IT IS OFTEN said that the GAA, the largest sporting organisation in Ireland, is a mirror of Irish society as a whole. It has historically acted as a driving force of social change in Irish society, as a recent study has shown. At the core of this change the GAA has been hugely successful in the formation and in the cementing of friends, families and communities in parishes throughout the country. The importance of establishing local identities cannot be underestimated in the maintenance and sustenance of community structures in both rural and urban areas.
The GAA has perhaps come to be the biggest active marker of Irish identity. It is a source of confidence and enjoyment and acts as a self expression of modern Irish identity and is therefore a cause of celebration. This identity is what separates Irish cultural habits from others around the world. In a similar fashion, the use of the Irish language exhibits similar qualities.
In the 2011 Census 1.77 million people reported that they could speak Irish. Yet in reality the number capable of becoming productive speakers is possibly far less. A more reliable figure is approximately 90,000 daily speakers outside educational institutions, both north and south. There is only one conclusion to be taken from these opposing figures of language capacity and language use. That is that roughly one in 20 people are capable Irish speakers, but they have no social situations or social networks which require them to converse in Irish.
The biggest challenge arising from the educational system in Ireland, whether in the Gaelscoil or subject-only approach, is the establishing and cementing of structured non-formal Irish language networks and social situations, where Irish speakers can be attracted to and thus blossom and multiply. Places where Irish speakers are free to have the full authentic experience of life through the medium of Irish. Existential well-being is considered to be a balance between the physical, the social, the psychological and the spiritual dimension of human existence.
The establishment of Na Gaeil Óga GAA Club - an Irish-language GAA club - two years ago by young Irish speakers was as much a product of self expression as an eagerness to contribute towards positive social changes regarding Irish language use and cultural identity.
In doing so, powerful steps have been taken not only towards the development of the social use of the Irish language, but also towards the existential wellbeing of Irish speakers. Na Gaeil Óga is primarily a language planning initiative, which employs the Gaelic Games as its current modus operandi and actively pursues the very same principles that have served the GAA well. Principles that are cementing Irish speakers into friends, families and ultimately into a vibrant physical community.
Just like the GAA as a whole, Na Gaeil Óga has become a source of enjoyment, empowerment and confidence for its members. It is a cause for celebration as it has given the language a dynamic new lease of life in the capital. Na Gaeil Óga already boasts two men’s football teams, a newly established hurling team and a growing ladies’ football team. The men’s first team has just won the league and cup convincingly and are set for a leap up the league tables. The ladies’ team reached the semi final of the cup and and the final of Comórtas Peile na Gaeltachta.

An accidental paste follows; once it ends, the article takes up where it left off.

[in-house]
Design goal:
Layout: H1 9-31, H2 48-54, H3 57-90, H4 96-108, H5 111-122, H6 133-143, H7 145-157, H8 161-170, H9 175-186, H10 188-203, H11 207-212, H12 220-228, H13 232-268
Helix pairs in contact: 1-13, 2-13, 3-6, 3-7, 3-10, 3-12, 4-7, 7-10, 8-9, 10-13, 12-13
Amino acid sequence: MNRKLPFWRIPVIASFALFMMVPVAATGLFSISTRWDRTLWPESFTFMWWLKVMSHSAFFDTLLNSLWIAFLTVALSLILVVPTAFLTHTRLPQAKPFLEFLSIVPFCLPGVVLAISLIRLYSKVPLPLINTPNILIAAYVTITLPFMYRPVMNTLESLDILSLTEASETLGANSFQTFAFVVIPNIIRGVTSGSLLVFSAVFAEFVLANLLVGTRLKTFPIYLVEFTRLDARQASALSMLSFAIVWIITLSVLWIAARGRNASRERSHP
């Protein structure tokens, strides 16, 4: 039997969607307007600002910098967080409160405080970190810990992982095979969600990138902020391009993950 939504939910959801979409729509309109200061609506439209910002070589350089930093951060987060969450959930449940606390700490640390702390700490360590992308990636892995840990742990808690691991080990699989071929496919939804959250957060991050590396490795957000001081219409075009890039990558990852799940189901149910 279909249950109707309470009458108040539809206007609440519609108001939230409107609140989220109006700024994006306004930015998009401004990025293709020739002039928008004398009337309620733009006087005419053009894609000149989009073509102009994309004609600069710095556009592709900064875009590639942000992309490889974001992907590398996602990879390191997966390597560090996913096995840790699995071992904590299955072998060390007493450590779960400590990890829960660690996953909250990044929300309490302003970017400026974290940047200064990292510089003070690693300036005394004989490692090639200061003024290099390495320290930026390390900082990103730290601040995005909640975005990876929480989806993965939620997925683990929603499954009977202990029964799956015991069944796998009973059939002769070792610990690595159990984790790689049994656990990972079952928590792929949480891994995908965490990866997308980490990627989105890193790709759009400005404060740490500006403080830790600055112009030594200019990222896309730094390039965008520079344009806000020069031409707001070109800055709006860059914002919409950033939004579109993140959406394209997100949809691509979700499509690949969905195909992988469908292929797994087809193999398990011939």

On a personal level my own decision to move to Na Gaeil Óga – from playing midfield in the Dublin Senior Football Championship 2011 to full forward in the Junior D championship 2012 – didn’t come without some inner and outer conflict. Nevertheless it is a decision I don’t regret. In Na Gaeil Óga I have been met with an ever-expanding genuine club atmosphere incorporating a collective identity and goal that is missing in many GAA clubs in the capital.
I am often surprised at games how many players, managers and referees speak Irish with us, however much they have. In that sense we have an added role as ambassadors of the language, whose role extends to re-enforcing, or in some cases, creating a positive branding of the language.
Mocking the language
On the field we are usually met with respect mixed with curiosity and confusion. On occasions players of an opposing team wound mock the language – but that usually ended after we’d go ten points up. In reality, it would only inspire us to bring more of an intensity to our game. On other occasions a player might express a negative school experience and come out with something brilliantly insightful like ‘Irish is a stupid language’.
Fun and games aside, Na Gaeil Óga is actively engaging in social change with the core values of cultural identity and community development. It has the potential to become the greatest force of social change for Irish language use in the capital since the glory days of Conradh na Gaeilge – who were of course pivotal to the foundation of An Coiste Camógaíochta in 1905 and its revival in 1923, coincidentally using the same GAA pitches in the Phoenix Park as Na Gaeil Óga currently use.
Although Na Gaeil Óga GAA is perhaps only slightly bridging the gap of opposing census figures of language capacity and language use, its vision goes beyond a fully functioning GAA club, to the creation of social situations in Irish for the other thousand and one hobbies out there in a sustainable organic way.
Ciarán Mac Fhearghusa graduated from Acadamh na hOllscollaíocht Gaeilge in 2010 having completed an MA in Language Planning. He has played senior football in Dublin and Galway as well as playing for the Dublin Junior and South Dublin teams. Anyone interested in participating in Na Gaeil Óga’s vision can make contact through Facebook or by emailing: firstname.lastname@example.org.